Here, then, are seven simple proposals for reform of our system of elections. Please bear in mind that "simple" does not in this case mean "easy." While it is true that most of these steps could be taken by any Congress and could take effect more or less immediately upon passage, it's important to think about the context we're in when thinking about making any effort to enact significant changes in business as usual. And I do mean "business".

I do not offer these reforms as goals in themselves. They are mainly ideas which might usefully be included on the agendas of grassroots groups already working in the community.

  1. LIMIT THE LENGTH OF CAMPAIGNS. From three to six weeks should do it. Many other countries (England, for example, and all the Scandinavian countries) already limit their campaigns in this way.
  2. BAN PAID POLITICAL ADVERTISING. The problem with political advertising is not, as many have been saying, that it's too negative. The problem is that political ads do not and will not educate or inform potential voters because that's not what they're designed to do. The solution? Get rid of them.
  3. REQUIRE EQUAL COVERAGE OF ALL CANDIDATES. Any candidate who meets minimum registration requirements should be accorded equal exposure in the media. This would be easily accomplished by making such balance a requirement of the acquisition or renewal of a broadcasting license. I suggest that all licensed broadcast outlets be required to provide two prime-time hours daily, divided equally among all legal political parties, with this two-hour package broadcast simultaneously on all stations. This suggestion, by the way, is not original. It's lifted directly from recent election law in Brazil.
  4. CHANGE WHO MAKES THE RULES. Currently, the rules governing election campaigns are set legislatively. That is, by the victors of the most recent elections. It is unreasonable to expect the victors to change the rules under which they achieved their victories. So I propose an independent Election Commission, composed of people who have never run for elective office, and who agree not to do so for 10 years after being on the commission. Maybe these people would be elected directly, or maybe we could figure out a way to appoint them by someone who would not have a conflict of interest. Maybe just the fact that commission members cannot run for office would be sufficient.
  5. BAN DIRECT FINANCIAL SUPPORT OF INDIVIDUAL CANDIDATES. If people must give money for elections, allow them to give it directly to the Election Commission, which would be required to disburse it to the party you specify S anonymously. That way, everyone gets to support the party of their choice, and the party doesn't owe any individual a thing. I suggest a dollar limit for individuals, as well, to reduce unfair class advantage. Perhaps the equivalent of the wages that one full-time worker earns in a week at the minimum wage. Currently, that's $206.
  6. REQUIRE A TRUE MAJORITY TO WIN. Currently, a majority of the votes that are cast is sufficient to win an election. I propose that no one be allowed to take office with less than 50% of the votes of all possible voters. Not voting, under these rules, would amount to a vote for "none of the above". If an election fails to yield a majority for any candidate, another election is immediately held, either with the same or with different candidates. This system would do away with the so-called "mandates" often earned with 20% of the possible votes. Incidentally, I believe this would go a long way toward limiting the much-bemoaned "negativity" in campaigns, as successful candidates or parties would need to inspire people to actually vote for something rather than against. This seems hard to imagine in modern-day America, but maybe it's still possible. (a milder but still significant reform would be to require, as some nations do, a run-off election if no one receives at least 50% of the votes that were actually cast. I don't know that this would make much difference in the United States.)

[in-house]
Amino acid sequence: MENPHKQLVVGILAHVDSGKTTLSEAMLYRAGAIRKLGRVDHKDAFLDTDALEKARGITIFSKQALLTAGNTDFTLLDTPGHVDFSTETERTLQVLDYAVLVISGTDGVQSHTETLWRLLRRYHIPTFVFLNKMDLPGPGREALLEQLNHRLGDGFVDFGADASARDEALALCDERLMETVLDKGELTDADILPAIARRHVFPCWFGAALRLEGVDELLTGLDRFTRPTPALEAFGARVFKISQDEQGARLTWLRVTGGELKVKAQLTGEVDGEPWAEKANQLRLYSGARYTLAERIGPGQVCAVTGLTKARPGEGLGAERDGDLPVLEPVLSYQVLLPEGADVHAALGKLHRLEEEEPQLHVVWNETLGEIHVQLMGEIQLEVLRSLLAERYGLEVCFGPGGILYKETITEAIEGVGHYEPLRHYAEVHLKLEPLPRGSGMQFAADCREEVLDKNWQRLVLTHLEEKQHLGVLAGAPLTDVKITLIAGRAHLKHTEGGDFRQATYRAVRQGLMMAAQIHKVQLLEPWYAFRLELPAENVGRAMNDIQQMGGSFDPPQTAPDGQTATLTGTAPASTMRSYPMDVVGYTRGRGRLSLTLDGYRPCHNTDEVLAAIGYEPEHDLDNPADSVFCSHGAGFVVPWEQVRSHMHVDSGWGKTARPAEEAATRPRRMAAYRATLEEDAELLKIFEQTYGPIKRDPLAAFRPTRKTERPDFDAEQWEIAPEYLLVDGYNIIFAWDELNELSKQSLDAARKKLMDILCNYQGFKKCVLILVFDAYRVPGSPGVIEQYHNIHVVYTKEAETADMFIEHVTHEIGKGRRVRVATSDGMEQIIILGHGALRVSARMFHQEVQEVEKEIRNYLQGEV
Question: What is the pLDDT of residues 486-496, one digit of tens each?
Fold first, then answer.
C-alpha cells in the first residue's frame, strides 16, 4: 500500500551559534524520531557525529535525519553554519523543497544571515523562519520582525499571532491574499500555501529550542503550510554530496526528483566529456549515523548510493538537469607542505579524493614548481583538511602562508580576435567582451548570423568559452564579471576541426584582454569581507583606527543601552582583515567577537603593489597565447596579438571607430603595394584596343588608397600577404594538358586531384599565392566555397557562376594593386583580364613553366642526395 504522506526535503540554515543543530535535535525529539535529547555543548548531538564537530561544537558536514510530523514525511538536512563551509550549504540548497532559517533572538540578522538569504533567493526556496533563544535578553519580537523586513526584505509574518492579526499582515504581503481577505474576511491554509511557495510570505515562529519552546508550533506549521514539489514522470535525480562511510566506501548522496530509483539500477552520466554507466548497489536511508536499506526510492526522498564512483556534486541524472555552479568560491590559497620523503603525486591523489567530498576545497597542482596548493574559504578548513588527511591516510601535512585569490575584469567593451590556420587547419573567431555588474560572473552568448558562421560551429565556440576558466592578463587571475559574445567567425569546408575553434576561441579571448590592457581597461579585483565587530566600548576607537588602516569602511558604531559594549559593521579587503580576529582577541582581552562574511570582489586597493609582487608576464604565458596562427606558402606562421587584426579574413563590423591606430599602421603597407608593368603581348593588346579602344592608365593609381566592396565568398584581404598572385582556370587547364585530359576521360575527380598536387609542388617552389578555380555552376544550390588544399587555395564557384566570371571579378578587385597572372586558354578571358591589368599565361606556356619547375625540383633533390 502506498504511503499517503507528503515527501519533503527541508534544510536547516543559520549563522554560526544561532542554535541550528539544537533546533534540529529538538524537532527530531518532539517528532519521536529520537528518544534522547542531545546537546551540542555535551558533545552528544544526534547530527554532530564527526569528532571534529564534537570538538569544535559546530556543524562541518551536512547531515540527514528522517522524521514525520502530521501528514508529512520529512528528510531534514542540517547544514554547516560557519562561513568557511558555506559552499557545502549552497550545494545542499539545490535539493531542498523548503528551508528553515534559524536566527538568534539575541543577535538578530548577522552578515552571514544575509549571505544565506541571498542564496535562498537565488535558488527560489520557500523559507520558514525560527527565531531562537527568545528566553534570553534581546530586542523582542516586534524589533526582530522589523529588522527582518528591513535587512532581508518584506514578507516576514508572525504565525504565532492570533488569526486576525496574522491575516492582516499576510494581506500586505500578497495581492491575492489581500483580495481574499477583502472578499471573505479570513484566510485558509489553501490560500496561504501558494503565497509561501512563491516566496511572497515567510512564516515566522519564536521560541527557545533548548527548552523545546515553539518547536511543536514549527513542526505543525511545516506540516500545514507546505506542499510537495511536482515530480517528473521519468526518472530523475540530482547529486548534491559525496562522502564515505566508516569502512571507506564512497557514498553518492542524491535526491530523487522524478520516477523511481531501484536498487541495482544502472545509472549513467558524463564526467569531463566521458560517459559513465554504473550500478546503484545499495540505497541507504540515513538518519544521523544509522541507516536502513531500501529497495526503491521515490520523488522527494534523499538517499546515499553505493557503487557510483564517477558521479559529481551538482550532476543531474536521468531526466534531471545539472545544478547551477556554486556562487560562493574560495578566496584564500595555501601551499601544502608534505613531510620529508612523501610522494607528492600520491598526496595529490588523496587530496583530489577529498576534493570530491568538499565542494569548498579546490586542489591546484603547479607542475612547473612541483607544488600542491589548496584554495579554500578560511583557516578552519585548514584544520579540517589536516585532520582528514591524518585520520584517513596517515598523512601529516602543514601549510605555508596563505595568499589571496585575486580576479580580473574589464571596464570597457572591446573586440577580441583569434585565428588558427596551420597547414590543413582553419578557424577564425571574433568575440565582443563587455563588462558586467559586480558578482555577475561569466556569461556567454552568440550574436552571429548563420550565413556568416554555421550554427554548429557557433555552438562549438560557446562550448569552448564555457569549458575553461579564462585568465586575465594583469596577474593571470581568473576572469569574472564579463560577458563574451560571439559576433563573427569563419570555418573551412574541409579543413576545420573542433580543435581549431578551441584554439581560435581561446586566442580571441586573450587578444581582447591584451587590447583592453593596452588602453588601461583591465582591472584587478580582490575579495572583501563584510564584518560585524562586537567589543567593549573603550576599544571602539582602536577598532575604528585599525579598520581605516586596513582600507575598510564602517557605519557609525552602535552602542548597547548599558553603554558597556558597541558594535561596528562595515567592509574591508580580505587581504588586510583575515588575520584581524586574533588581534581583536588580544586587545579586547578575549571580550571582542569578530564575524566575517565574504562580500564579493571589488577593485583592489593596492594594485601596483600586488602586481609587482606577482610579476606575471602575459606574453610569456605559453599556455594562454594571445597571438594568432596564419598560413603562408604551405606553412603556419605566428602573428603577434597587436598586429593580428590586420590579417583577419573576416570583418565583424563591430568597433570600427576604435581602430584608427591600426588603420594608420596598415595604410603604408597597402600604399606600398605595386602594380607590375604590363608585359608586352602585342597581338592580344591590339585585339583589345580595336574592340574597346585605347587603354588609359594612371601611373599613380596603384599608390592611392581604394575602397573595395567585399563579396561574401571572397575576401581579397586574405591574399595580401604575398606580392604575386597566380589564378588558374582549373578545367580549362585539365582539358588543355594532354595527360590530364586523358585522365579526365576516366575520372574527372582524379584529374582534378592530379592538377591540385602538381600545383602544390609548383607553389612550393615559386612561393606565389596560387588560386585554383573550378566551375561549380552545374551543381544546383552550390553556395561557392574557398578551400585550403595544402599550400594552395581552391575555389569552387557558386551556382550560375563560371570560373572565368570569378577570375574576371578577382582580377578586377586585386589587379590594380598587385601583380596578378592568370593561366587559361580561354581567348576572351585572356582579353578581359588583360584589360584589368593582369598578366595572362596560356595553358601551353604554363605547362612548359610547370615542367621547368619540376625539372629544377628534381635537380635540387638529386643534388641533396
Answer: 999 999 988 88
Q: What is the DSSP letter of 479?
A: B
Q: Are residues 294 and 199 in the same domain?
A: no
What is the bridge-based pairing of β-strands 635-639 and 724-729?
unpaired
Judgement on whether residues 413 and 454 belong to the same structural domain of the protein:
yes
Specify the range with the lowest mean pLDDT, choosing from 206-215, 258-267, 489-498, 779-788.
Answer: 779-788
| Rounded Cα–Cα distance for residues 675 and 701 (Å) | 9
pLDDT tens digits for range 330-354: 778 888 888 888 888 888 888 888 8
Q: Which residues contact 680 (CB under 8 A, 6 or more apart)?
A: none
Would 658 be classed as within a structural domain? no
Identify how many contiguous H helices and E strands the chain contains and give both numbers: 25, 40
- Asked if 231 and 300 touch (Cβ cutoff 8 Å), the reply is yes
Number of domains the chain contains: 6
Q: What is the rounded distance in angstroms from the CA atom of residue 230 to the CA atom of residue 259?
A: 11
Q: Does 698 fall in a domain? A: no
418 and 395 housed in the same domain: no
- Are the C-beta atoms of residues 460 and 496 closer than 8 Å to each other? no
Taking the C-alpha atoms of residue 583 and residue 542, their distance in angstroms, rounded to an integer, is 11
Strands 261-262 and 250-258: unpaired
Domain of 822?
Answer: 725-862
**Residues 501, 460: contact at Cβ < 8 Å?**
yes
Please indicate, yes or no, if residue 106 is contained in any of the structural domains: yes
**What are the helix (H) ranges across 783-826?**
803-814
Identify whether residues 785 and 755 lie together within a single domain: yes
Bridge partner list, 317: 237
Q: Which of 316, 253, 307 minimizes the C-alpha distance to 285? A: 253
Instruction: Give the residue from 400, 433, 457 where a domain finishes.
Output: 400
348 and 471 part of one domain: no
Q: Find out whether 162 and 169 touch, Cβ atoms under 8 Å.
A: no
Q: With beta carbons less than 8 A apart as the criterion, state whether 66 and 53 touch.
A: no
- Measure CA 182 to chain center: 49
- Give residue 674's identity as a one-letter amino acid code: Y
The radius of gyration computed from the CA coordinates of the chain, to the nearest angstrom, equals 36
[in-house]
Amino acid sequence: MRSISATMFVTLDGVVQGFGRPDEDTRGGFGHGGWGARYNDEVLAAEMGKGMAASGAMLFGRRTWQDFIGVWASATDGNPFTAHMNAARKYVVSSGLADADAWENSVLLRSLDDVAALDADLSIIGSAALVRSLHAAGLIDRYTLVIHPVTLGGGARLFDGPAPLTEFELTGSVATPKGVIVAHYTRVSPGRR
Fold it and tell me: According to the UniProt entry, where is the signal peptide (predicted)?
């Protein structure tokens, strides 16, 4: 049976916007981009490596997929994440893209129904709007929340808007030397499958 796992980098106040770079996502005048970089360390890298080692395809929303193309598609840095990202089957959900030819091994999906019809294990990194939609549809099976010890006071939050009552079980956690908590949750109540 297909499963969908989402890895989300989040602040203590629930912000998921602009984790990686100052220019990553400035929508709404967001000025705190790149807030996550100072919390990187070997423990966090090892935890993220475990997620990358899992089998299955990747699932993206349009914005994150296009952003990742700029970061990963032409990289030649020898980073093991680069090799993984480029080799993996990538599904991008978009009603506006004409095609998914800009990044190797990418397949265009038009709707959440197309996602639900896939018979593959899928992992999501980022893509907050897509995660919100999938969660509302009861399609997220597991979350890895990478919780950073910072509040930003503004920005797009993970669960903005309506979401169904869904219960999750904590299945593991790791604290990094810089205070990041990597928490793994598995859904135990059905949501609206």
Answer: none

7. MAKE REPRESENTATION PROPORTIONAL. This would be the biggest change and, perhaps, the most significant. Proportional Representation (PR) is the norm in Germany, Italy, and a host of other countries. Although there are many variations, all are based on the idea that representation is at least as important as stability. One version of PR works, in a nutshell, like this: people cast their votes for a party, and the various parties then occupy seats in the legislative body in direct proportion to the number of votes received. If a party receives 5% of the votes, they receive 5% of the seats. The chief executive (president, prime minister, or whatever) is then selected by the majority party, or some coalition of parties. The big advantage readily presents itself: More diversity in the legislative body, which would better reflect the diversity in the population. There are lots of other versions.

I don't think that any of these changes are actually going to happen in our country in the near future. Any one of these changes would require a groundswell of support based on an organized grassroots campaign of huge proportions. And this sort of organization assumes a political environment which includes a well-developed democratic infrastructure that would create, and be created by, an active and politicized citizenry. Such an infrastructure would include things like strong unions, for example, and broadly-based citizens' groups. The sorts of things that have been declining in the United States for the past few decades.

But until the day when we are able to elect the people who actually make the major political decisions, I offer these proposals for reform of our current system in the hope that they might inspire someone who is currently doing nothing to do something. And to do it by working together with other people. For it seems to me that, unless and until a large number of people are willing to organize themselves to think about, to plan, to propose, and to build alternatives to the current system, alienation will continue to grow. And if that's the case, then we can expect that trivial matters will continue to be elevated to levels of prominence, and business as usual will continue to be conducted.

And I do mean "business".